Mexico and India share many similarities in terms of territorial extension, cultural diversity, and population. Although replicating the experiences of other nations is not possible, it is essential to take a closer look at India's development to gain a broader perspective.
Formal relations between Mexico and India began in 1947 when India achieved independence from the British Empire through the Satyagraha movement led by Mahatma Gandhi.
India integrated more than 500 former principalities and lordships that renounced their power and privileges. Jawaharlal Nehru, the first Prime Minister of India, led the first steps of the nascent nation by replicating certain elements of the Soviet system, such as the Planning Commission.
The Planning Commission was created to overcome ancestral poverty and backwardness, which affected a population of more than 500 million, with methodically conceived and executed programs.
Shared Similarities of India and Mexico
Both countries have significant similarities in terms of territorial extension, cultural diversity, and population. Mexico is the third largest country in Latin America and ranks 14th globally in terms of land area. India, on the other hand, is the seventh-largest country globally in terms of land area. Mexico has a population of approximately 130 million, while India is the second-most populous country globally, with a population of approximately 1.3 billion.
India is home to diverse cultures, religions, and languages, with Hindi and English being the official languages. Mexico, on the other hand, has Spanish as its official language, with indigenous languages also spoken by the indigenous population.
India and Mexico are both developing countries, but they have different economic strengths and weaknesses. India has a much larger population than Mexico, and it is also a much more diverse country. India's economy is growing rapidly, and it is expected to become one of the world's largest economies in the coming decades. However, India still faces several challenges, including poverty, inequality, and corruption.
Mexico's economy is also growing, but it is not growing as rapidly as India's. Mexico has a smaller population than India, and it is also more homogeneous. Mexico's economy is more diversified than India's, and it is more integrated into the global economy. However, Mexico faces several challenges, including drug violence and a lack of investment in infrastructure.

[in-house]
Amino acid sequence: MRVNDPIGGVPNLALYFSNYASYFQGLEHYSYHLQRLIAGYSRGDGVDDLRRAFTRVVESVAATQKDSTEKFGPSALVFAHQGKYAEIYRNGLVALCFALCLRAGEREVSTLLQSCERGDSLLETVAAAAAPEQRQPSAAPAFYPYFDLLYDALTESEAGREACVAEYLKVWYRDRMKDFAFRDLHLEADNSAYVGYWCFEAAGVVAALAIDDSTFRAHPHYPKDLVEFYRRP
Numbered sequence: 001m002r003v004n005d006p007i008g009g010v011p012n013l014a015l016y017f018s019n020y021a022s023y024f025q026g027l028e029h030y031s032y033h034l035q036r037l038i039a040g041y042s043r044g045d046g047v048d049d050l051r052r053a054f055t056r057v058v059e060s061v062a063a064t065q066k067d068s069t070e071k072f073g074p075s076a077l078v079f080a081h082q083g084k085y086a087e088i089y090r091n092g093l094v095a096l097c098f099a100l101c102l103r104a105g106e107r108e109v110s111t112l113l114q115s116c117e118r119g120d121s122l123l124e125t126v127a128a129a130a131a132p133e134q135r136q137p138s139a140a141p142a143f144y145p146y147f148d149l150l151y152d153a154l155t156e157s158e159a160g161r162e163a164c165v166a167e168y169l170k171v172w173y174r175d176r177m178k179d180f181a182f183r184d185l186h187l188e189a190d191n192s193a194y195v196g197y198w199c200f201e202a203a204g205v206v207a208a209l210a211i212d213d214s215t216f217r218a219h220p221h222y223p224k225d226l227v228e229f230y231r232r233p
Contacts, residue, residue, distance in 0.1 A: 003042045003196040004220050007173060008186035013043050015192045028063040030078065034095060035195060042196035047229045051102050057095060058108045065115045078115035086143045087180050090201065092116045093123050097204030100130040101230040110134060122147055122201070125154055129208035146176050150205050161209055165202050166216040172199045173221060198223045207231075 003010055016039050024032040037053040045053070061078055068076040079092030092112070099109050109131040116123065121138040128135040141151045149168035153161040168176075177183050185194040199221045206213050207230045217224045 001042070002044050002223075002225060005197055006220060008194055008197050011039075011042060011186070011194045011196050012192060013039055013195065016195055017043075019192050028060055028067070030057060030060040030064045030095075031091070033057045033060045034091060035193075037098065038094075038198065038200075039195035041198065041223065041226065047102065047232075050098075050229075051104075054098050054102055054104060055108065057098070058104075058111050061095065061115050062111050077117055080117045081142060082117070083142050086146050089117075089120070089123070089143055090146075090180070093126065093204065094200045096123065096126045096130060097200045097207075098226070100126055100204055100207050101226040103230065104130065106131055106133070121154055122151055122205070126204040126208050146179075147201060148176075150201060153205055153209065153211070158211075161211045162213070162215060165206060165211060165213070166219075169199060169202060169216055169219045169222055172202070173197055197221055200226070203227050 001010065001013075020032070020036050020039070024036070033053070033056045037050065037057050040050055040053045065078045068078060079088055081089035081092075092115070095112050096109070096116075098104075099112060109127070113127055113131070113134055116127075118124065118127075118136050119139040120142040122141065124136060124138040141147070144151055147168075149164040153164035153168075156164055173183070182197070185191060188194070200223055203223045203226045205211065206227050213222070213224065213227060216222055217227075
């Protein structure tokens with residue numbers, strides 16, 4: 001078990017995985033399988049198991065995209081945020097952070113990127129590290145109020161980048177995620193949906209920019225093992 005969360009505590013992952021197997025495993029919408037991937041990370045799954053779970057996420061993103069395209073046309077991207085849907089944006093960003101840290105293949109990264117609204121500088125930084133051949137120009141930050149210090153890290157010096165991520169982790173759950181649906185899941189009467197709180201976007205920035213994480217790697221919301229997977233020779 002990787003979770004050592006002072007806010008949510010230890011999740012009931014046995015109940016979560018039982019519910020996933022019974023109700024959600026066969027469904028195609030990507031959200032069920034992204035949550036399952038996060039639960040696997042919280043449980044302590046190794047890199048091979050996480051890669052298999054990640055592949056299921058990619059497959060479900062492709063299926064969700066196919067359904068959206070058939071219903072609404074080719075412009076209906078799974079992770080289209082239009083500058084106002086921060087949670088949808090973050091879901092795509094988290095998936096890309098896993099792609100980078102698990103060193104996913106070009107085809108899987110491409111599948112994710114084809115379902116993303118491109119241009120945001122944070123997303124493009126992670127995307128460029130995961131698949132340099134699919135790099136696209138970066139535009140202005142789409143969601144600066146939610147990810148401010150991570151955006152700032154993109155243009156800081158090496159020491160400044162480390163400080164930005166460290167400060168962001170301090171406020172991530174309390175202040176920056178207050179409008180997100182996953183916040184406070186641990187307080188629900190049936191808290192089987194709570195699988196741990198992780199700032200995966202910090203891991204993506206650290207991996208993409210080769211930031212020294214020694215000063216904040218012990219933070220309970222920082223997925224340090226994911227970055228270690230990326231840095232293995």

India and Mexico are both democracies, but they have different political systems. India is a federal republic, while Mexico is a unitary republic. India has a two-party system, while Mexico has a multi-party system. India's political system is more stable than Mexico's, but it is also more bureaucratic. Mexico's political system is more fluid, but it is also more prone to corruption.
India and Mexico both face several social challenges, including poverty, inequality, and violence. However, the two countries have different approaches to addressing these challenges. India has a more centralized approach to social policy, while Mexico has a more decentralized approach. India's social programs are more comprehensive, but they are also more bureaucratic. Mexico's social programs are less comprehensive, but they are also more flexible.
What Can Mexico Learn from India?
India's Planning Commission successfully executed programs to overcome ancestral poverty and backwardness. Similarly, Mexico can learn from this approach and execute similar programs to address poverty, social inequality, and other related issues. India's experience in developing affordable and sustainable energy solutions can also be useful to Mexico as it faces similar energy-related challenges.
Another lesson that Mexico can learn from India is the importance of leveraging its technology sector to drive economic growth. India is a leading IT hub, with technology exports accounting for a significant portion of its economy. Mexico has a thriving technology sector, which can be harnessed to drive economic growth.
The tourism sector is also an area where Mexico can learn from India's experience. India has a rich cultural heritage and diverse tourism offerings, which attract millions of tourists every year. Mexico can leverage its rich cultural heritage and diverse natural beauty to attract more tourists.
Mexico and India have many similarities, which provide an opportunity for both countries to learn from each other's experiences. Mexico can learn from India's experience in executing successful poverty alleviation programs, leveraging its technology sector, and developing its tourism industry. By leveraging these lessons, Mexico can address its challenges and drive economic growth while building a more equitable society.